Man Brings His Tribute To Columbine High Students To The Coast

Thirteen crosses stand tall in front of First Baptist Church in Vancleave, each with a face and a name to serve as a reminder to us all of those killed in the Columbine High School shooting.

"Hopefully, we're offering hope for everybody with the crosses," carpenter Greg Zanis said. "We're not saying this is the end of the world, but we're just trying to bring a better tomorrow.

Greg Zanis's message of hope has sent him to about 380 cities. He says all the travel is worth the response he gets from different communities.

"I expect to see people crying and falling down on their knees weeping in front of these crosses. You know, I just expect to our country's heart spilled out," Zanis said.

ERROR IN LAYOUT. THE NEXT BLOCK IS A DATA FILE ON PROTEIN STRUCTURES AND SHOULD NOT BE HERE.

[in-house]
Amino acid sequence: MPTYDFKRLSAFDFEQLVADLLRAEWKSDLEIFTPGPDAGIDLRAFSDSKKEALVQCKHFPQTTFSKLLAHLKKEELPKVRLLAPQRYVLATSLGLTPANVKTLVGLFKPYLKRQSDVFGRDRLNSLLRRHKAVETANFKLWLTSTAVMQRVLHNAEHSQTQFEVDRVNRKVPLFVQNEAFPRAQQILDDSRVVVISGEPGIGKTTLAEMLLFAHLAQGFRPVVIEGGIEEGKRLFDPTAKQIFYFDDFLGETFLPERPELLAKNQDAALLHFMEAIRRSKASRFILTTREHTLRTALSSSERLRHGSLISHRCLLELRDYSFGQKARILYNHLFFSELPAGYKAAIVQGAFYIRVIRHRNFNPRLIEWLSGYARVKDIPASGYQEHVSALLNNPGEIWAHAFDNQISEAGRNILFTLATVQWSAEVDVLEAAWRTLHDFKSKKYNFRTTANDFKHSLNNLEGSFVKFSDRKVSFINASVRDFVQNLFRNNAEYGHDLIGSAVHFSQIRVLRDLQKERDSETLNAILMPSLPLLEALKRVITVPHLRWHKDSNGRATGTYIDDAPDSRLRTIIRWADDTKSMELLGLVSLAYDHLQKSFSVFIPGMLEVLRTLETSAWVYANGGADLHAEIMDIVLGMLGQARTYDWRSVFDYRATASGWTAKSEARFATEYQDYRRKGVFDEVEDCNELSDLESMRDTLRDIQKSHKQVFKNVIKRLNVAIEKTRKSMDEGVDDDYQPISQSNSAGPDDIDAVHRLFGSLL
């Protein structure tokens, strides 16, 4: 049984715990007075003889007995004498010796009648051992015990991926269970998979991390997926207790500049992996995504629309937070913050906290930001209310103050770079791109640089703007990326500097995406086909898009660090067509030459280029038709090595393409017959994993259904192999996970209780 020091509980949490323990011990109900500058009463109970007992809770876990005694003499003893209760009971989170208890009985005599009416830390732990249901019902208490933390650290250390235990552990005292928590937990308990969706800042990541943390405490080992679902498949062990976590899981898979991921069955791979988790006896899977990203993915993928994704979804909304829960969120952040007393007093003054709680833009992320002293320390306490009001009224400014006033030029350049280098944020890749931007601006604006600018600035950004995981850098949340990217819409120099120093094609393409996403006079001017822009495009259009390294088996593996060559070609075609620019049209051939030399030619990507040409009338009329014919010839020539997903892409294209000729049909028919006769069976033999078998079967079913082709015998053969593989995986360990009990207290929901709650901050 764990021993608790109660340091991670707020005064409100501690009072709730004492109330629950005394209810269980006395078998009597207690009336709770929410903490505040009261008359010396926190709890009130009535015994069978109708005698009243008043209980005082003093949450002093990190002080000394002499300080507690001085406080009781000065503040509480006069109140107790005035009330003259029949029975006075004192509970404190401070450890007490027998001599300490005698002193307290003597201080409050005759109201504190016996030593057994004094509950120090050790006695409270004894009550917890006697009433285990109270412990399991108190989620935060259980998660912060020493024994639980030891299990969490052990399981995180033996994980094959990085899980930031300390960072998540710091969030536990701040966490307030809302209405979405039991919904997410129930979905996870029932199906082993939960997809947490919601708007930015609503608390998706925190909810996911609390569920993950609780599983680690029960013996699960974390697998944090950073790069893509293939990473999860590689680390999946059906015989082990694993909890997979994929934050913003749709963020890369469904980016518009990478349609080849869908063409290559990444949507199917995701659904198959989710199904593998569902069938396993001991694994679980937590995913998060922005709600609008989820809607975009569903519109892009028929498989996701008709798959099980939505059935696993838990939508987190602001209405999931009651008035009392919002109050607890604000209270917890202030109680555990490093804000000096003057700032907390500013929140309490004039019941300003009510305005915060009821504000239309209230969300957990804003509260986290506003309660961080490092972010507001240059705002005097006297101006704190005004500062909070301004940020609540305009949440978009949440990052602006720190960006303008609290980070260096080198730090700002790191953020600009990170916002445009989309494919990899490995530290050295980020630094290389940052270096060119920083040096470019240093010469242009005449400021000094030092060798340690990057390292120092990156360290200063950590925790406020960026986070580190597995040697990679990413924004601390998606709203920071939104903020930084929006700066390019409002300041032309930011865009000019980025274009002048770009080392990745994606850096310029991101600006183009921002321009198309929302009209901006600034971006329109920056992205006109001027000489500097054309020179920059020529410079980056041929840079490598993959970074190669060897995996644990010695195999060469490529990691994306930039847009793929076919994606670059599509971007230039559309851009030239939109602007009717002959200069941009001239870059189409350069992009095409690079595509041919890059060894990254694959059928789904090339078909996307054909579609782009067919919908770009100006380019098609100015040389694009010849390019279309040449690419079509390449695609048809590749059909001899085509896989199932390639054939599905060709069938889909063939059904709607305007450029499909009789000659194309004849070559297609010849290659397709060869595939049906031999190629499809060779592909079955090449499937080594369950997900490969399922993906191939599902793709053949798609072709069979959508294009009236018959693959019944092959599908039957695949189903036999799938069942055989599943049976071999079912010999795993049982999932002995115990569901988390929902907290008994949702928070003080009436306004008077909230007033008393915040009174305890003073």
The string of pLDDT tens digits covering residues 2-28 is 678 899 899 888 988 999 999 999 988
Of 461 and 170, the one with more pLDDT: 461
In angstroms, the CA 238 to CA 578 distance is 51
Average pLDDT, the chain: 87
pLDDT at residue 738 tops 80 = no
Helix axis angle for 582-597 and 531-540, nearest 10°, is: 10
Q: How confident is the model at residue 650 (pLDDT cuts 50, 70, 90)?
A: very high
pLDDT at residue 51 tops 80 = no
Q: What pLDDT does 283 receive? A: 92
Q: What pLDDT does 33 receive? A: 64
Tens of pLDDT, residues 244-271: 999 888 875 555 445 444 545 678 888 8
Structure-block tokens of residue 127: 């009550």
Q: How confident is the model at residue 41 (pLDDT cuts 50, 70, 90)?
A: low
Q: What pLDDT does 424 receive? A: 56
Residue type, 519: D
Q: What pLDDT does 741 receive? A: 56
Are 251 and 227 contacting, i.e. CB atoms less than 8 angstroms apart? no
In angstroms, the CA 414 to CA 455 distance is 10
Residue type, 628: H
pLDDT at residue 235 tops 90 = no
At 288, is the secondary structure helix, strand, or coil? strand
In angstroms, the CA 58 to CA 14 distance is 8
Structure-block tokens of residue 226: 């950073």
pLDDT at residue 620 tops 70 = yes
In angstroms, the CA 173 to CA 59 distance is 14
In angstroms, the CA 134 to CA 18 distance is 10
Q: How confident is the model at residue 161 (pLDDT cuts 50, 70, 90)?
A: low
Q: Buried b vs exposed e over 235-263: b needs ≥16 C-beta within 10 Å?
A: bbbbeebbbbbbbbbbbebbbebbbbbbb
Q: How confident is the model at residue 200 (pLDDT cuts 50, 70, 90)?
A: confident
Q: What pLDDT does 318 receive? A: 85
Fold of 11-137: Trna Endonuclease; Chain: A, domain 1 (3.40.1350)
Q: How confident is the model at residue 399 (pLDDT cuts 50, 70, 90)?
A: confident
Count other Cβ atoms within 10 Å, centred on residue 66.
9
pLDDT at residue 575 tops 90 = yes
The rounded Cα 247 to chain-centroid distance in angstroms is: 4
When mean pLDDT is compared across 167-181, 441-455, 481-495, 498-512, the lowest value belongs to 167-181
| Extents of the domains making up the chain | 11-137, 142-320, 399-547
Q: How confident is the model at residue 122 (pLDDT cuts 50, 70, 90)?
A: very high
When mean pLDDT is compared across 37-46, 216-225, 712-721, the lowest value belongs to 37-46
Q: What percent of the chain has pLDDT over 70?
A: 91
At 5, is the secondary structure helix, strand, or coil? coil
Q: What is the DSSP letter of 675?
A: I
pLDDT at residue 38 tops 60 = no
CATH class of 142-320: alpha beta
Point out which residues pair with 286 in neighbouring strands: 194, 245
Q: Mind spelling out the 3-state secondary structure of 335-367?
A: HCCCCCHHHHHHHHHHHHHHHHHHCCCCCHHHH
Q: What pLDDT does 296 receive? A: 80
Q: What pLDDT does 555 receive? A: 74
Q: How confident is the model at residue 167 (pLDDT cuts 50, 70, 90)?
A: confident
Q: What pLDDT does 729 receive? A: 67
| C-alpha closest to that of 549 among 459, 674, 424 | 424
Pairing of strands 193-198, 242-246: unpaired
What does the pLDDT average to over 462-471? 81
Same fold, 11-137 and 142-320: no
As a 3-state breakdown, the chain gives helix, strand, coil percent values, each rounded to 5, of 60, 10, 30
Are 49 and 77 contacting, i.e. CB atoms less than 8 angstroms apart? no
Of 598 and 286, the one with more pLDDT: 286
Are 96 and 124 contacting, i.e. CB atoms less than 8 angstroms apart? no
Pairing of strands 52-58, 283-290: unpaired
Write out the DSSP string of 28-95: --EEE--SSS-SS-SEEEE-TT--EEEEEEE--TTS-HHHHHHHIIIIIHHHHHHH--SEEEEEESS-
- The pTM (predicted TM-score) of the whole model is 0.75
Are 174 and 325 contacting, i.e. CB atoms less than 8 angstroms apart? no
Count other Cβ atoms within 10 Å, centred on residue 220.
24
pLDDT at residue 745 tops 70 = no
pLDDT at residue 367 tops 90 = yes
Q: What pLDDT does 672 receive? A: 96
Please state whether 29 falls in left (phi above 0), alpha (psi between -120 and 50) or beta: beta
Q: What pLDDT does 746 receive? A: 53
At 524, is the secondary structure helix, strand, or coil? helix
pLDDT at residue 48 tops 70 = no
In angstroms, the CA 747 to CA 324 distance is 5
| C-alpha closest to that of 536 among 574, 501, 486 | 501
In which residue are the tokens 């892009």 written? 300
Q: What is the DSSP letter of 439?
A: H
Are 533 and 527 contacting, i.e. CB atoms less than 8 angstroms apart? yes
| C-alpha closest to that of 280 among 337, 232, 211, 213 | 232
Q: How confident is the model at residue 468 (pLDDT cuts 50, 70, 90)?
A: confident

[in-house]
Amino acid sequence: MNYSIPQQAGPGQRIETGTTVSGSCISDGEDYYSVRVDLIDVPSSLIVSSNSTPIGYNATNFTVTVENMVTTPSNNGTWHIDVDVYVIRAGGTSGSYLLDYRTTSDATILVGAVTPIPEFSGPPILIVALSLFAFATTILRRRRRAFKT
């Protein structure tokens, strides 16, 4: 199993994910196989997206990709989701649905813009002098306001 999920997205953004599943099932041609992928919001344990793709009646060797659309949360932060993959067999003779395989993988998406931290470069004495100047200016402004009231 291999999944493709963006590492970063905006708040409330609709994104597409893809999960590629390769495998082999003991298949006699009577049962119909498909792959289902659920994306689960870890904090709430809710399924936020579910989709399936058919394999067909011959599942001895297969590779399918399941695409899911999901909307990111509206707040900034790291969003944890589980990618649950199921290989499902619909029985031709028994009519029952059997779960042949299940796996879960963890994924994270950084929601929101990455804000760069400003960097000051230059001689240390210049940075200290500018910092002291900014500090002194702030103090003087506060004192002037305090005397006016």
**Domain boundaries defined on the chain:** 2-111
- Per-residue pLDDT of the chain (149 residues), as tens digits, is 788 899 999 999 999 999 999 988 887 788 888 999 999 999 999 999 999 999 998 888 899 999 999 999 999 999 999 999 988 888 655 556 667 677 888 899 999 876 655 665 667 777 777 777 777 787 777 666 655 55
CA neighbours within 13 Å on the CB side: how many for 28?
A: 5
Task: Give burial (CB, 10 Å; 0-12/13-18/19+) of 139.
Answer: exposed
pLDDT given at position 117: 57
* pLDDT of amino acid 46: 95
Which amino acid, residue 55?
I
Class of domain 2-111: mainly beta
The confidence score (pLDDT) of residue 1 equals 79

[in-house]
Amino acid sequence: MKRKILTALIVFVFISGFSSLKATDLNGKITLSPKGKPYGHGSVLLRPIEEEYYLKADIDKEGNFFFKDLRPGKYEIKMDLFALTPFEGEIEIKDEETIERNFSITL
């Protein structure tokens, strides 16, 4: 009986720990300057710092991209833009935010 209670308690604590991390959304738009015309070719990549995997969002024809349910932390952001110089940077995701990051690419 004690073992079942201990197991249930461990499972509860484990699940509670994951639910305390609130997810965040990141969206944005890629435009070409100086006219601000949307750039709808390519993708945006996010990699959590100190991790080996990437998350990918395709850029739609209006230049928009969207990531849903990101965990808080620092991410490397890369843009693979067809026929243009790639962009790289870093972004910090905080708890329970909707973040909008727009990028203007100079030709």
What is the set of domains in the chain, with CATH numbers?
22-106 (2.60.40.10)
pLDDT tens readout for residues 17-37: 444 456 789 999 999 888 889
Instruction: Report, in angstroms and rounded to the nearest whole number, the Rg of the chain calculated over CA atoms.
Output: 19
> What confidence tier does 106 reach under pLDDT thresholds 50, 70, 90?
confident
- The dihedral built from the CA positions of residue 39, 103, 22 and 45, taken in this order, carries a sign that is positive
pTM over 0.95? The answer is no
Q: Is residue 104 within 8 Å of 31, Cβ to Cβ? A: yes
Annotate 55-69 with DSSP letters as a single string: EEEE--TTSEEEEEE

"There's been a lot of people that stopped here today, and they just teared up because it's something that hit home with them," Vancleave resident Randy McKee said.

People who visited the crosses when they were first displayed in Colorado left mementos and wrote special messages. Today, people still follow that tradition.

"One says 'rest in peace see ya soon Ike' Mostly, you don't see people signing the crosses, so much, but they just write a little quick message what's on their mind," Zanis said.

"There's things all over the crosses here from the kids from Columbine and people from Columbine," McKee said. "I want my kids to be able to read it, and kind of see what happen and feel how the people were feeling in that area."

And more and more people will be able to understand that feeling as the crosses continue to travel from city to city.